Social media exposes us to the ugliness within society. And that can be tough on those of us who live with mental ill-health.

It’s tough to hang onto hope when you’re exposed to such cruelty online. The news, trolls, discrimination and bullying all serve to validate the cruel thoughts we’re already fighting in our heads. And the horrific videos and images that people insist on sharing, that you cannot unsee, can replay in our minds for days. With the recent terrorist attacks in New Zealand, and the torrent of racist abuse that followed online, it’s hard not to get sucked into this ugliness. I know it has deeply affected my mental health.

Could we all benefit from taking a break from social media?

Living with chronic ill-health, and being isolated, can feel awful. Some days, we’re up to interacting with others, and other days we want to hide away from the world. Social media can be a great window into the world, but it can also become overwhelming.

It’s not just the possible negative effect on our mental health, but interacting on social media can be exhausting too. For those of us with physical illnesses that affect our energy levels, social media can zap our already limited resources.

And disconnecting allows us to focus on real life connections. It also allows us to focus our energy on the day-to-day challenges ill-health places on our lives.

In my article 10 tips to get you through bad mental health days, I write about the need to disconnect when we are struggling with our mental health;

“9. Take a break from social media.

We only see carefully edited highlights of people’s lives on social media but it can often appear to us that other people’s lives are perfect. This can add to our insecurities and feelings of inadequacy, which often amplify our feelings of failure. No matter how much we try to avoid it, social media is also an open market for drama, stress, trolls and judgemental thinkers.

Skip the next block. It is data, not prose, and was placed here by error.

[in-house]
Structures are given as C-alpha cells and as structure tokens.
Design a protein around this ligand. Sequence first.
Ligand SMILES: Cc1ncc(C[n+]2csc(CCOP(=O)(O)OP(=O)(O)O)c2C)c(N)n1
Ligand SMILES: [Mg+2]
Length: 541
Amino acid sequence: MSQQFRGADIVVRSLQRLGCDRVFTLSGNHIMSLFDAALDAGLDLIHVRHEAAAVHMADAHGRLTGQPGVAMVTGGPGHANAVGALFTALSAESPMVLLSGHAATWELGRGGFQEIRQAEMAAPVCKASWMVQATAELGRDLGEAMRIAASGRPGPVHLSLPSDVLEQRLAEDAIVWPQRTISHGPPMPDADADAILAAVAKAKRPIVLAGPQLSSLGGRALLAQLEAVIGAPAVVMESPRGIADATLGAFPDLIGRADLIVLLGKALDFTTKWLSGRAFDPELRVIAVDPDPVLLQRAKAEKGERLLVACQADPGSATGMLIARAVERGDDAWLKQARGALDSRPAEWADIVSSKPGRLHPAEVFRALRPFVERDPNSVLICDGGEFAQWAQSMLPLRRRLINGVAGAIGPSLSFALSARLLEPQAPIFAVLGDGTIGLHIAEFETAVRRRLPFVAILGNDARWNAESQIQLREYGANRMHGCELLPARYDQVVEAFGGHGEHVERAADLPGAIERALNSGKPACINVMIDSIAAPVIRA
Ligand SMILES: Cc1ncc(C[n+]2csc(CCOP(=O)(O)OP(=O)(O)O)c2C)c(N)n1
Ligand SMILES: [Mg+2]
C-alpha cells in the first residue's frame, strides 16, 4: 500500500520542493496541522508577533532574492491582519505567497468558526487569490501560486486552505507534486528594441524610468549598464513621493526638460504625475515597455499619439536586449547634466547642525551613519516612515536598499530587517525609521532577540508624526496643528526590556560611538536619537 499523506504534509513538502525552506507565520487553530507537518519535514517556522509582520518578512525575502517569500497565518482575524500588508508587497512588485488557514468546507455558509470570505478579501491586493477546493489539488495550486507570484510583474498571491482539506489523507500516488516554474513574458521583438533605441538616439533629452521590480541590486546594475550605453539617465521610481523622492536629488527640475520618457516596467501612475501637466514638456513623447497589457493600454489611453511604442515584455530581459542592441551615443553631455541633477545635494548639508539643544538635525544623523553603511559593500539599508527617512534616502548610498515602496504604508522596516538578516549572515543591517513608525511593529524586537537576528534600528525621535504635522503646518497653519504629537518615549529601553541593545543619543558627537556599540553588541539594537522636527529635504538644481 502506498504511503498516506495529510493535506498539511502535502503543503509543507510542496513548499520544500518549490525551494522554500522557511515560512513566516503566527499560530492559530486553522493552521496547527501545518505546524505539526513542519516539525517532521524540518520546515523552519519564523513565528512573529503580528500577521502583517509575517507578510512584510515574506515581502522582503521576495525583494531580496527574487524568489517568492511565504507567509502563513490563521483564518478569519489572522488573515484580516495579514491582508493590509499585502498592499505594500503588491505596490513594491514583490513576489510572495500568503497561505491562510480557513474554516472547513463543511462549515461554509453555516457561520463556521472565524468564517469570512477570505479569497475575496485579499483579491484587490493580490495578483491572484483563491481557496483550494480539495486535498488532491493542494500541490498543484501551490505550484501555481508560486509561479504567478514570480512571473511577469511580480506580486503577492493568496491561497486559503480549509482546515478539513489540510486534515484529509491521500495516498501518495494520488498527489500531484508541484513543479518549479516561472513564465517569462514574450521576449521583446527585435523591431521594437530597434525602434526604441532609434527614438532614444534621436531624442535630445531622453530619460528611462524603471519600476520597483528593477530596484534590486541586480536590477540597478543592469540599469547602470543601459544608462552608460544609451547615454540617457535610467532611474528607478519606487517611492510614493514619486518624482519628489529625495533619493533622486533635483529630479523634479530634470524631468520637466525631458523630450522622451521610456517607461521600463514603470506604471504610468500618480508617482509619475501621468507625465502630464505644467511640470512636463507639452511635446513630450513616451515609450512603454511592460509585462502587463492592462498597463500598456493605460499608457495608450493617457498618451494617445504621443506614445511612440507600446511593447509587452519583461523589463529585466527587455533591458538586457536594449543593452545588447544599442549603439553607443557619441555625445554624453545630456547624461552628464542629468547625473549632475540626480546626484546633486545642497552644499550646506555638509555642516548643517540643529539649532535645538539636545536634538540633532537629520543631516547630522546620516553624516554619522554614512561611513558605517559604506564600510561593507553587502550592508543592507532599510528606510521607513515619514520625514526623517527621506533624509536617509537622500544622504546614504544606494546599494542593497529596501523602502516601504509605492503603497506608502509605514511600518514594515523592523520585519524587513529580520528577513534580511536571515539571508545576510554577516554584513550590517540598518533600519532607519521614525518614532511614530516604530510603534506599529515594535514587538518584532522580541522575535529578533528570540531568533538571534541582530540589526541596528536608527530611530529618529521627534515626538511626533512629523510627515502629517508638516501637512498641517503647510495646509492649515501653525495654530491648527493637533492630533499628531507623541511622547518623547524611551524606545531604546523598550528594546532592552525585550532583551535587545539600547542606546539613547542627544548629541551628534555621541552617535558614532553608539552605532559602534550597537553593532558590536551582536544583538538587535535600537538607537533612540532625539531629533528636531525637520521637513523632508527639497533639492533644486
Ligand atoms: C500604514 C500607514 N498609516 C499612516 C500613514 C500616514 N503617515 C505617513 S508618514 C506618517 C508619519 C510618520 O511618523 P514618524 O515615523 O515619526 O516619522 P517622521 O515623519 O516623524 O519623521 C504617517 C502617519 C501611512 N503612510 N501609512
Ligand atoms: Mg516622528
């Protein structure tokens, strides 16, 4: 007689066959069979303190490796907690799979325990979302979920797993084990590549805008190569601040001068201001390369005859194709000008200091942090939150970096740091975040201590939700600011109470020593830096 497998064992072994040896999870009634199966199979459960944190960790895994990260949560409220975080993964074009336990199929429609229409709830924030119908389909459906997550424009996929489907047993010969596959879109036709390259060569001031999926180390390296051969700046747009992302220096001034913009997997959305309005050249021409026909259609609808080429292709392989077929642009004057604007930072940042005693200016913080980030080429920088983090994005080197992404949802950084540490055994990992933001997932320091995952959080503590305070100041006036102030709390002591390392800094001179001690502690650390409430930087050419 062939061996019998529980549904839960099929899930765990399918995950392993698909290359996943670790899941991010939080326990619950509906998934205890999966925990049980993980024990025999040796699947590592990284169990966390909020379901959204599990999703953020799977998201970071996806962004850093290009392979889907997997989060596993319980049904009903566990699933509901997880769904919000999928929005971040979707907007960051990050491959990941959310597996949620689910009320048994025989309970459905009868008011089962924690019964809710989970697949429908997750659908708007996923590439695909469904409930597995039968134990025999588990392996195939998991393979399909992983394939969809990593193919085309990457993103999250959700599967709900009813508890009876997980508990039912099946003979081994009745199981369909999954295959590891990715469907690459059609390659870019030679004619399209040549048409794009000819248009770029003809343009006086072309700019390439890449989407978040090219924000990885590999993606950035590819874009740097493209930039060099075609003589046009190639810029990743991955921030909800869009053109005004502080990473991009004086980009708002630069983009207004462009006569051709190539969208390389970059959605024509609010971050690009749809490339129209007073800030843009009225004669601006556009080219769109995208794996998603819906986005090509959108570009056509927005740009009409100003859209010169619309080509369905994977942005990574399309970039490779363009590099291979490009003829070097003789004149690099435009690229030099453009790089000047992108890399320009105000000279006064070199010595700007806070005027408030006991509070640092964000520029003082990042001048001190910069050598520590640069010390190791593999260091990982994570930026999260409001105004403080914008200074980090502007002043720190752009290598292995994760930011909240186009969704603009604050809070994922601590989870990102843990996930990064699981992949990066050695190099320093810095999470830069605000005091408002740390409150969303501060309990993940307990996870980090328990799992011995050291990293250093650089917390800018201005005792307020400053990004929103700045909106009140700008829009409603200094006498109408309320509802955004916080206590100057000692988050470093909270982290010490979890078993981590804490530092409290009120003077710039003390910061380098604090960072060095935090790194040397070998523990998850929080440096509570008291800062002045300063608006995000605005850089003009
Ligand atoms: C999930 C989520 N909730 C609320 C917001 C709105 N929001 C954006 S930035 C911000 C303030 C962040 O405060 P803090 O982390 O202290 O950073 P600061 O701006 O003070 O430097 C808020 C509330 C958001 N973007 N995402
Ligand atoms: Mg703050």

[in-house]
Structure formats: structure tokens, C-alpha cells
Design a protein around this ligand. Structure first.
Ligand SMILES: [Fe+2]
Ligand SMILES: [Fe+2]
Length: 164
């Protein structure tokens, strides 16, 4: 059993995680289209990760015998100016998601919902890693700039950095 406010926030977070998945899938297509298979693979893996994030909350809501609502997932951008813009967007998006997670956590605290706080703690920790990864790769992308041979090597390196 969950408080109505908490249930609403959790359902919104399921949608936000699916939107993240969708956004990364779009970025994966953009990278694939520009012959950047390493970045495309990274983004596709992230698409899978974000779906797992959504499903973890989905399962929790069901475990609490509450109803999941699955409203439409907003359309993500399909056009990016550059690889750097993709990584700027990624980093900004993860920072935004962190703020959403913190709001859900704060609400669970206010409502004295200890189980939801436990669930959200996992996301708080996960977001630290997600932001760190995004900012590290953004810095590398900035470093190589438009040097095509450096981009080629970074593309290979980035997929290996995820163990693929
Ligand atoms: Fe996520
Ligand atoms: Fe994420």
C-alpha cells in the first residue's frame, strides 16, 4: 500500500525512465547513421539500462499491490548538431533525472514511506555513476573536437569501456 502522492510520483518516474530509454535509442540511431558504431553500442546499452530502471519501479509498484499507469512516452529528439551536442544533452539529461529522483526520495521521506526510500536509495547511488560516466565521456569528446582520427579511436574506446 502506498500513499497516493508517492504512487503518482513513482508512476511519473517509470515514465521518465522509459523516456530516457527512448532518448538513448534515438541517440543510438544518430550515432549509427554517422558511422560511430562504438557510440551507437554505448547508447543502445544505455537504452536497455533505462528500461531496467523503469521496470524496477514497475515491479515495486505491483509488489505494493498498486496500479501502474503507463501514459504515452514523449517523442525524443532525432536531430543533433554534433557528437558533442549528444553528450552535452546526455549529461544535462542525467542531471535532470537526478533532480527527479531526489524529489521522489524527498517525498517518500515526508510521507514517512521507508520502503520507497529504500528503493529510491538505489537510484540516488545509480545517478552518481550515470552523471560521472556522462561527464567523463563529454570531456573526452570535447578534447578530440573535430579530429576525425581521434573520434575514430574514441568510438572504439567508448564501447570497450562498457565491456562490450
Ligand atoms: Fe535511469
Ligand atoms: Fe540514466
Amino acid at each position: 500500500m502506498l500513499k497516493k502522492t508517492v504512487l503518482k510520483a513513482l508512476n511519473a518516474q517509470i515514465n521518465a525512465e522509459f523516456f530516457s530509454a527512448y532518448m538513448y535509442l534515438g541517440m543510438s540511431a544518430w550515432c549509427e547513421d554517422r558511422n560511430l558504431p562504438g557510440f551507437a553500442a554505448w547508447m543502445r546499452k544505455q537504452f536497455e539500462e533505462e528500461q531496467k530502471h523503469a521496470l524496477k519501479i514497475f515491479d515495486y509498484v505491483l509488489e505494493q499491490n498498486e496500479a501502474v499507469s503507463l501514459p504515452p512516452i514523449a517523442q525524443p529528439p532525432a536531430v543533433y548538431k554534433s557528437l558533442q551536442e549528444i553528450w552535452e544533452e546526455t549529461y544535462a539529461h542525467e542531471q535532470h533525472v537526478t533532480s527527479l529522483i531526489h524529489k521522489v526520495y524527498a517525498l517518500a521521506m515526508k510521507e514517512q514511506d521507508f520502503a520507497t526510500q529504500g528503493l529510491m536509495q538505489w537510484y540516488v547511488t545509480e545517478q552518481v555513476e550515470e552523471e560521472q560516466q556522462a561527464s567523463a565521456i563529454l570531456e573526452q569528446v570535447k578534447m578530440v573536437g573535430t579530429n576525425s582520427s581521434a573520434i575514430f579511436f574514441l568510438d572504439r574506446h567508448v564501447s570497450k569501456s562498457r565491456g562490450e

Although social media can give us a valuable connection to the outside world, it can also add to our stress levels, and we don’t need that when we are already struggling with self worth. Try taking a break from social media and see if it helps.”

Sometimes the very best thing we can do for our mental wellbeing, and physical health is to disconnect for a while. The world will continue to keep spinning without us.

As Matt Haig puts it: “we live in a 24-hour society but not in 24-hour bodies”. It’s impossible to keep up with the chaotic world we live in without damaging our health, so don’t be afraid to do what’s best for you.

I know how overwhelming social media can be when I’m already struggling with my health. I often take breaks from social media because sometimes cutting off this connection, even if only temporarily, is the best way to stop my health from deteriorating further.

If you feel you mental health is suffering, and you can feel yourself spiralling into the abyss, maybe it’s time to take a step back and disconnect for a while. The internet isn’t going anywhere. Take care x

Do you find social media hard work when you are struggling with your health? Do you ever take breaks from social media for the sake of your health?

For more personal stories, reviews, news, inspirational quotes and in-depth discussion, please head over to my Facebook page.

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1 Comment

  1. I love what he says about not living in 24 hour bodies. So true!! And I definitely need to disconnect. I’ve not done the best job of it lately and know it’s so important. Like most everything in life, balance is key!